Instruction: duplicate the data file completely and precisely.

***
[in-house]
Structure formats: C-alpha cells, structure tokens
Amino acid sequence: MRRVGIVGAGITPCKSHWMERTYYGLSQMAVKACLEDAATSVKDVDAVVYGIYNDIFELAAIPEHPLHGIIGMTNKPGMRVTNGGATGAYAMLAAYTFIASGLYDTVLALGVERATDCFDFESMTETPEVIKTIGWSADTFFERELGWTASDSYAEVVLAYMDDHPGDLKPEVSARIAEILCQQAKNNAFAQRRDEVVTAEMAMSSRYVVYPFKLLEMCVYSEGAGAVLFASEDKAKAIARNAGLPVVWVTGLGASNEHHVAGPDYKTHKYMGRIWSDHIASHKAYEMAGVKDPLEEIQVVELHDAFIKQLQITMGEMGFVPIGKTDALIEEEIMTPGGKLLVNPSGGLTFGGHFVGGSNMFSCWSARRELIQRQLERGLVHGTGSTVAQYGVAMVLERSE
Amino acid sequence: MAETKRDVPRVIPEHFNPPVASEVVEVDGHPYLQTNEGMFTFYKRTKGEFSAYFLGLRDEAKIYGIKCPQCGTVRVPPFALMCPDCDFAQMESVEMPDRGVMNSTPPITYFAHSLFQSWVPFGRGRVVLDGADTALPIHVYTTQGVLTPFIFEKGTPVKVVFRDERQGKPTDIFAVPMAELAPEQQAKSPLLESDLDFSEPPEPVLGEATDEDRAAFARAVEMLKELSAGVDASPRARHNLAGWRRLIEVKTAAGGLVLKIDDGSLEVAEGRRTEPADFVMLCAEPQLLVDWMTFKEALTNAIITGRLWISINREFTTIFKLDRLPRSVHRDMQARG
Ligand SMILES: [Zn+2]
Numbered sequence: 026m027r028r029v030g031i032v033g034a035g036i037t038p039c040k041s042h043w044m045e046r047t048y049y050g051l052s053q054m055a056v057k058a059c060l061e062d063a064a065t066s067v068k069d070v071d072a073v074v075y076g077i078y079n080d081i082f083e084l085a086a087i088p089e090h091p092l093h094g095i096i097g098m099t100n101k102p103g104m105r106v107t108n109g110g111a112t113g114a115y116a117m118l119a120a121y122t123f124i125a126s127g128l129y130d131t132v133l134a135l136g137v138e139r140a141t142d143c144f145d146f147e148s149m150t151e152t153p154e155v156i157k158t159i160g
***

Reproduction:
[in-house]
Structure formats: C-alpha cells, structure tokens
Amino acid sequence: MRRVGIVGAGITPCKSHWMERTYYGLSQMAVKACLEDAATSVKDVDAVVYGIYNDIFELAAIPEHPLHGIIGMTNKPGMRVTNGGATGAYAMLAAYTFIASGLYDTVLALGVERATDCFDFESMTETPEVIKTIGWSADTFFERELGWTASDSYAEVVLAYMDDHPGDLKPEVSARIAEILCQQAKNNAFAQRRDEVVTAEMAMSSRYVVYPFKLLEMCVYSEGAGAVLFASEDKAKAIARNAGLPVVWVTGLGASNEHHVAGPDYKTHKYMGRIWSDHIASHKAYEMAGVKDPLEEIQVVELHDAFIKQLQITMGEMGFVPIGKTDALIEEEIMTPGGKLLVNPSGGLTFGGHFVGGSNMFSCWSARRELIQRQLERGLVHGTGSTVAQYGVAMVLERSE
Amino acid sequence: MAETKRDVPRVIPEHFNPPVASEVVEVDGHPYLQTNEGMFTFYKRTKGEFSAYFLGLRDEAKIYGIKCPQCGTVRVPPFALMCPDCDFAQMESVEMPDRGVMNSTPPITYFAHSLFQSWVPFGRGRVVLDGADTALPIHVYTTQGVLTPFIFEKGTPVKVVFRDERQGKPTDIFAVPMAELAPEQQAKSPLLESDLDFSEPPEPVLGEATDEDRAAFARAVEMLKELSAGVDASPRARHNLAGWRRLIEVKTAAGGLVLKIDDGSLEVAEGRRTEPADFVMLCAEPQLLVDWMTFKEALTNAIITGRLWISINREFTTIFKLDRLPRSVHRDMQARG
Ligand SMILES: [Zn+2]
Numbered sequence: 026m027r028r029v030g031i032v033g034a035g036i037t038p039c040k041s042h043w044m045e046r047t048y049y050g051l052s053q054m055a056v057k058a059c060l061e062d063a064a065t066s067v068k069d070v071d072a073v074v075y076g077i078y079n080d081i082f083e084l085a086a087i088p089e090h091p092l093h094g095i096i097g098m099t100n101k102p103g104m105r106v107t108n109g110g111a112t113g114a115y116a117m118l119a120a121y122t123f124i125a126s127g128l129y130d131t132v133l134a135l136g137v138e139r140a141t142d143c144f145d146f147e148s149m150t151e152t153p154e155v156i157k158t159i160g